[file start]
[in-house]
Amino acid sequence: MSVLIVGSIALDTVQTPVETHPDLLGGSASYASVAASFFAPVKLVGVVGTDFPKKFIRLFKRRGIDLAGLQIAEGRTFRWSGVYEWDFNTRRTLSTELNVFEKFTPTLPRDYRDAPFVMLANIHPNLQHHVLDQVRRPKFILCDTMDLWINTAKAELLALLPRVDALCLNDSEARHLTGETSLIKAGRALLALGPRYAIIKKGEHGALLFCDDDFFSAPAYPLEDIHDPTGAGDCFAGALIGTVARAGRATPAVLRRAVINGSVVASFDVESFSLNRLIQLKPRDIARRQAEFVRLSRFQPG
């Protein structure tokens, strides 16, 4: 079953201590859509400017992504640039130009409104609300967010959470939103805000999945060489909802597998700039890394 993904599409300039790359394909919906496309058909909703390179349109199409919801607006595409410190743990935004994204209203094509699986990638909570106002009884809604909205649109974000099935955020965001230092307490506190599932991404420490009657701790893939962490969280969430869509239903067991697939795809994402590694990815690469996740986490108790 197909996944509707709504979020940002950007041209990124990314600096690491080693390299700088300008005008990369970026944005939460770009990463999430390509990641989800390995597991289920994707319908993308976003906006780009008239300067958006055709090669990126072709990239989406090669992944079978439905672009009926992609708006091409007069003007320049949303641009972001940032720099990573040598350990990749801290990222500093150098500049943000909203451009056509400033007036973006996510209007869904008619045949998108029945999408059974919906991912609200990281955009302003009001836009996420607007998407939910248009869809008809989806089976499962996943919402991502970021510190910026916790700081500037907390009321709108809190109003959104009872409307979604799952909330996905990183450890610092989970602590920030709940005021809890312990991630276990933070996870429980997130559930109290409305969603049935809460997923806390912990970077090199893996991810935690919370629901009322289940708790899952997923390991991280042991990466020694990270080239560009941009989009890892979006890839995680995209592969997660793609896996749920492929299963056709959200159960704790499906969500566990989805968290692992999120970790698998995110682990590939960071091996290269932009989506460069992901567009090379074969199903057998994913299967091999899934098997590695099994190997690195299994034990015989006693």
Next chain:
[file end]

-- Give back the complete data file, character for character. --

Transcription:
[in-house]
Amino acid sequence: MSVLIVGSIALDTVQTPVETHPDLLGGSASYASVAASFFAPVKLVGVVGTDFPKKFIRLFKRRGIDLAGLQIAEGRTFRWSGVYEWDFNTRRTLSTELNVFEKFTPTLPRDYRDAPFVMLANIHPNLQHHVLDQVRRPKFILCDTMDLWINTAKAELLALLPRVDALCLNDSEARHLTGETSLIKAGRALLALGPRYAIIKKGEHGALLFCDDDFFSAPAYPLEDIHDPTGAGDCFAGALIGTVARAGRATPAVLRRAVINGSVVASFDVESFSLNRLIQLKPRDIARRQAEFVRLSRFQPG
């Protein structure tokens, strides 16, 4: 079953201590859509400017992504640039130009409104609300967010959470939103805000999945060489909802597998700039890394 993904599409300039790359394909919906496309058909909703390179349109199409919801607006595409410190743990935004994204209203094509699986990638909570106002009884809604909205649109974000099935955020965001230092307490506190599932991404420490009657701790893939962490969280969430869509239903067991697939795809994402590694990815690469996740986490108790 197909996944509707709504979020940002950007041209990124990314600096690491080693390299700088300008005008990369970026944005939460770009990463999430390509990641989800390995597991289920994707319908993308976003906006780009008239300067958006055709090669990126072709990239989406090669992944079978439905672009009926992609708006091409007069003007320049949303641009972001940032720099990573040598350990990749801290990222500093150098500049943000909203451009056509400033007036973006996510209007869904008619045949998108029945999408059974919906991912609200990281955009302003009001836009996420607007998407939910248009869809008809989806089976499962996943919402991502970021510190910026916790700081500037907390009321709108809190109003959104009872409307979604799952909330996905990183450890610092989970602590920030709940005021809890312990991630276990933070996870429980997130559930109290409305969603049935809460997923806390912990970077090199893996991810935690919370629901009322289940708790899952997923390991991280042991990466020694990270080239560009941009989009890892979006890839995680995209592969997660793609896996749920492929299963056709959200159960704790499906969500566990989805968290692992999120970790698998995110682990590939960071091996290269932009989506460069992901567009090379074969199903057998994913299967091999899934098997590695099994190997690195299994034990015989006693």
Next chain: